The world just keeps getting a little brighter.
This week I made an interesting discovery: recently, four Swedish cinemas have announced that they will be using the “A rating” in addition to the typical film ratings. If a film gets an A rating, that means it’s passed the Bechdel Test — a quick evaluation derived from Allison Bechdel’s 1985 cartoon strip, “Dykes to Watch Out For”. It’s a simple litmus test with three provisions:
- Does the film have two or more female characters?
- Do those female characters have a conversation?
- Is that conversation about something other than men?
The test does not qualify a film as a “feminist film”, or even that it’s a good film — in fact, a sexist movie could pass the Bechdel test, or vice versa, a feminist film could fail to pass the test. It is simply a tool to measure how often the film industry tells a woman’s story.
Why is this important?
It’s such a worn out idea, but it really is true: art does reflect reality. So if the majority of films are underrepresenting (or misrepresenting) women, then that says something about our society and where we places our values. Hollywood is very much a man’s world at the moment: statistically most films are about men, and most writers, producers, and directors are men. In a study in 2011, women made up 33% of characters in films, and only 11% of protagonists. For a world in which women make up about 50% of the population, this is an alarmingly uneven reflection of reality.
So the Bechdel test does not measure the film, it measures the industry. It is a way of looking at what is presented to the world, recognizing that it is lacking in a woman’s perspective, and saying, “Why is that the case?”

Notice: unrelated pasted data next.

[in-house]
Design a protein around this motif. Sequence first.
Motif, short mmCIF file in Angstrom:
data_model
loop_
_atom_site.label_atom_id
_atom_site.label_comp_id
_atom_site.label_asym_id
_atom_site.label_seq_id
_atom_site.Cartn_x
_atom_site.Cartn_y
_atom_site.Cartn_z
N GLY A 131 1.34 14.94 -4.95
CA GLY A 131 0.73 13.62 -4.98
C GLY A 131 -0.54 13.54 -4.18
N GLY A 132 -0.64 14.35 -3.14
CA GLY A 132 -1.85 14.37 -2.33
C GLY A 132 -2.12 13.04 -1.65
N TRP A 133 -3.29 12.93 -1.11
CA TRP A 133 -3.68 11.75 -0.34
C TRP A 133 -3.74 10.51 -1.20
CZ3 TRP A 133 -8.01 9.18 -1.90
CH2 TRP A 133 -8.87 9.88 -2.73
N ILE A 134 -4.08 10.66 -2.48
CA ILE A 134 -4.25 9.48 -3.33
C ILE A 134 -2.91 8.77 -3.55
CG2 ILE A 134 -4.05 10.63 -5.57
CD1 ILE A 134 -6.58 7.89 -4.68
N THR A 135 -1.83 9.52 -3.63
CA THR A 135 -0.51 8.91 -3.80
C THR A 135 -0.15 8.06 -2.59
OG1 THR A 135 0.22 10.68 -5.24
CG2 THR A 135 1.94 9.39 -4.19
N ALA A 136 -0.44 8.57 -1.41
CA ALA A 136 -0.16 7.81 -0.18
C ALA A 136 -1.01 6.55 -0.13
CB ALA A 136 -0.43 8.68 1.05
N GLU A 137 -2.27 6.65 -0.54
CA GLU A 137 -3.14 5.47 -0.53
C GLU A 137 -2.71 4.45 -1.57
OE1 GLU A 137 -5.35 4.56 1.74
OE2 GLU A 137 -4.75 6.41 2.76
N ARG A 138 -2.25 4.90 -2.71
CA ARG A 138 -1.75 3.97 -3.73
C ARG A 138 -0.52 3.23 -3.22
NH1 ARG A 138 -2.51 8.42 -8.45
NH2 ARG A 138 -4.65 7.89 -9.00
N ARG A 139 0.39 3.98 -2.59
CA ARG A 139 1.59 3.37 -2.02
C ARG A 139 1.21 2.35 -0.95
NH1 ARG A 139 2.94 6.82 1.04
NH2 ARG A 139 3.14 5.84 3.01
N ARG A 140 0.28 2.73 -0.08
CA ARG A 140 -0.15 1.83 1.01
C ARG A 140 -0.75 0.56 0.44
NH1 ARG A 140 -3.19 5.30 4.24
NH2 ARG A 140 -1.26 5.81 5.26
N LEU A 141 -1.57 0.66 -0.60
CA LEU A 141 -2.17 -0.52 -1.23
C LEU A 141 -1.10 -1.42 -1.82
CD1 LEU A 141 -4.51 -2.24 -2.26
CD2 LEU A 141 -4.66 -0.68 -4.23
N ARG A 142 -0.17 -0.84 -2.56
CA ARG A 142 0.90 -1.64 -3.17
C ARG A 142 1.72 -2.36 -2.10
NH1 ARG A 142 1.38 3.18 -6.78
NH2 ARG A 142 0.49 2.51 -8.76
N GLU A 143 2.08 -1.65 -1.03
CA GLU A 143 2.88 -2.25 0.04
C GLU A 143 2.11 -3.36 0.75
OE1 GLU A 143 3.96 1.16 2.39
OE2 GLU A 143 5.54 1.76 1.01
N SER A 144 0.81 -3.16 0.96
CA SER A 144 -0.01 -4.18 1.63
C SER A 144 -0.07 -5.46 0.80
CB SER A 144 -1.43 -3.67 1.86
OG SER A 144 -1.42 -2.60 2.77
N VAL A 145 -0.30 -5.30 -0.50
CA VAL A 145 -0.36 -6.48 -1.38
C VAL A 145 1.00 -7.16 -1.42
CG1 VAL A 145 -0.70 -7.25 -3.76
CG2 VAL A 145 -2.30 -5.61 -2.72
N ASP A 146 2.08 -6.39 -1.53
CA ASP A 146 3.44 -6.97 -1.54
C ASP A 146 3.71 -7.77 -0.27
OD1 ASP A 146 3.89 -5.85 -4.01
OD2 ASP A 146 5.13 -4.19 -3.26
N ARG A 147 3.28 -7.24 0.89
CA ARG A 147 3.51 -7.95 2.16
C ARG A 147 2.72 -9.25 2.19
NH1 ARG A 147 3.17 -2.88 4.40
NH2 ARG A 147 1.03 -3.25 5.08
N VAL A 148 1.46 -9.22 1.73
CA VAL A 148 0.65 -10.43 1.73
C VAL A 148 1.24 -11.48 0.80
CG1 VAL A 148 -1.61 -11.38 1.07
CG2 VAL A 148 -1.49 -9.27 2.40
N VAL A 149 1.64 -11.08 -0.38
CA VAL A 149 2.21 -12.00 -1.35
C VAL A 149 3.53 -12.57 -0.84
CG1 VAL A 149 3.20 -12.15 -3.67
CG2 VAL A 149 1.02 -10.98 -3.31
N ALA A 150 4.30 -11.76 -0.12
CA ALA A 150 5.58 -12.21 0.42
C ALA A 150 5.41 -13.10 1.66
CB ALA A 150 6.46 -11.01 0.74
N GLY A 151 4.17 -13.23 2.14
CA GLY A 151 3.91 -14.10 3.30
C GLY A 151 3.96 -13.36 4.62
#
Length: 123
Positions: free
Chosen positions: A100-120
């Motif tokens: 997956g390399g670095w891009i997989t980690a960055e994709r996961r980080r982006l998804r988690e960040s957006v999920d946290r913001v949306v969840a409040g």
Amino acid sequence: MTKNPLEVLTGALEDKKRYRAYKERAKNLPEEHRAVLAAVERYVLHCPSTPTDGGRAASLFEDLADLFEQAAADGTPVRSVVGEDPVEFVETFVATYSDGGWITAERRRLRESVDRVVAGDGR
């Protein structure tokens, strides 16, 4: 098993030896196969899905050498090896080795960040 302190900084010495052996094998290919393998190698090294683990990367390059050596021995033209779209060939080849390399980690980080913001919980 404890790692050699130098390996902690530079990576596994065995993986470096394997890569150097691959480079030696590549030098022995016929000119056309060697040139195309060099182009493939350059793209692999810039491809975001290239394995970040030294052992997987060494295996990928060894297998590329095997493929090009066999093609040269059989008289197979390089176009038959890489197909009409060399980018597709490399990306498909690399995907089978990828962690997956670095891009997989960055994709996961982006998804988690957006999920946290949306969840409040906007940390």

It’s important to realize that the significance is not in the rating of the film — it’s in the fact that it causes you to analyze the entire system. Not only are several cinemas picking up the “A rating”, but there is even talk of other ratings that would indicate if the director or writer is a woman. Hopefully, if more people start questioning why there aren’t more stories about women, or more female filmmakers, the film industry will step up its game. (I also realize that it does often boil down to who has the talent to create the films… but as I’ve mentioned in other posts, often there are plenty of talented filmmakers whose voices never get heard because they don’t have connections. Read: men helping men.)
We can also use the Bechdel test for minority groups: switch women and men for black people and white people and we start to see just how Caucasian-focused society is (if we haven’t already noticed that already, of course). Personally, I’d like there to be a rating for this, as well.
Do I think the A rating will actually affect the film industry? Maybe not directly. The A rating is not perfect, and I think it will take a long time to change how disproportionate the film industry is, no matter how many tests we throw at it. But I do think it’s important to try. And as long as we’re trying, the world will remain that little bit brighter.